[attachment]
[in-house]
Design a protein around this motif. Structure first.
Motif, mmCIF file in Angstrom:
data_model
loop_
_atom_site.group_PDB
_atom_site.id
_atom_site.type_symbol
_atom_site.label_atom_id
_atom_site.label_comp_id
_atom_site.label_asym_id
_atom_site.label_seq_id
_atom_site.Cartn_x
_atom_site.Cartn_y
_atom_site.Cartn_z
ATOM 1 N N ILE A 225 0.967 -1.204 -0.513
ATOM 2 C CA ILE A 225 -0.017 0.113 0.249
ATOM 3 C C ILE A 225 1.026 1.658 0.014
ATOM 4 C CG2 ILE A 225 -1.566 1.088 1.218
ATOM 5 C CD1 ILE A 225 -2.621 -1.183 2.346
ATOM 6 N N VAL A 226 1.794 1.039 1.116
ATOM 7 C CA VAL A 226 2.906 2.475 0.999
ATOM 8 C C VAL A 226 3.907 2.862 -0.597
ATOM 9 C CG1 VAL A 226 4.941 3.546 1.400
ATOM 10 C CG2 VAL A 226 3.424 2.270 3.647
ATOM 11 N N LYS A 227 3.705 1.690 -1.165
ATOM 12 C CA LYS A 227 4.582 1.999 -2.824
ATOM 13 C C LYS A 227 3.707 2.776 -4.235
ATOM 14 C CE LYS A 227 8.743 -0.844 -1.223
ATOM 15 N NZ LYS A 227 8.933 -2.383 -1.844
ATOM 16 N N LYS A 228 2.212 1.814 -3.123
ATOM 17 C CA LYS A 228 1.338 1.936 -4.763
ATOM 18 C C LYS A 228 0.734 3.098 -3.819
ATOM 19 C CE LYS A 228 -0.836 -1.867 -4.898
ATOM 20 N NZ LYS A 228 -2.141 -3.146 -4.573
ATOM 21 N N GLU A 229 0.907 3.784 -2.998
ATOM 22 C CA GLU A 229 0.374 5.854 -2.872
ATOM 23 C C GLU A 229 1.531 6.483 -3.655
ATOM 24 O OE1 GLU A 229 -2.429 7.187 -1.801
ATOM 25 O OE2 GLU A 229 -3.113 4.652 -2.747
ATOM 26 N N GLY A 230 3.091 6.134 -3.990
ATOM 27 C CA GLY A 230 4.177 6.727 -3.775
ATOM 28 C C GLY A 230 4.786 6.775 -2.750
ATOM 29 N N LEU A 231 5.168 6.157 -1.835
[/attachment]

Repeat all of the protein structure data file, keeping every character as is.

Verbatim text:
[in-house]
Design a protein around this motif. Structure first.
Motif, mmCIF file in Angstrom:
data_model
loop_
_atom_site.group_PDB
_atom_site.id
_atom_site.type_symbol
_atom_site.label_atom_id
_atom_site.label_comp_id
_atom_site.label_asym_id
_atom_site.label_seq_id
_atom_site.Cartn_x
_atom_site.Cartn_y
_atom_site.Cartn_z
ATOM 1 N N ILE A 225 0.967 -1.204 -0.513
ATOM 2 C CA ILE A 225 -0.017 0.113 0.249
ATOM 3 C C ILE A 225 1.026 1.658 0.014
ATOM 4 C CG2 ILE A 225 -1.566 1.088 1.218
ATOM 5 C CD1 ILE A 225 -2.621 -1.183 2.346
ATOM 6 N N VAL A 226 1.794 1.039 1.116
ATOM 7 C CA VAL A 226 2.906 2.475 0.999
ATOM 8 C C VAL A 226 3.907 2.862 -0.597
ATOM 9 C CG1 VAL A 226 4.941 3.546 1.400
ATOM 10 C CG2 VAL A 226 3.424 2.270 3.647
ATOM 11 N N LYS A 227 3.705 1.690 -1.165
ATOM 12 C CA LYS A 227 4.582 1.999 -2.824
ATOM 13 C C LYS A 227 3.707 2.776 -4.235
ATOM 14 C CE LYS A 227 8.743 -0.844 -1.223
ATOM 15 N NZ LYS A 227 8.933 -2.383 -1.844
ATOM 16 N N LYS A 228 2.212 1.814 -3.123
ATOM 17 C CA LYS A 228 1.338 1.936 -4.763
ATOM 18 C C LYS A 228 0.734 3.098 -3.819
ATOM 19 C CE LYS A 228 -0.836 -1.867 -4.898
ATOM 20 N NZ LYS A 228 -2.141 -3.146 -4.573
ATOM 21 N N GLU A 229 0.907 3.784 -2.998
ATOM 22 C CA GLU A 229 0.374 5.854 -2.872
ATOM 23 C C GLU A 229 1.531 6.483 -3.655
ATOM 24 O OE1 GLU A 229 -2.429 7.187 -1.801
ATOM 25 O OE2 GLU A 229 -3.113 4.652 -2.747
ATOM 26 N N GLY A 230 3.091 6.134 -3.990
ATOM 27 C CA GLY A 230 4.177 6.727 -3.775
ATOM 28 C C GLY A 230 4.786 6.775 -2.750
ATOM 29 N N LEU A 231 5.168 6.157 -1.835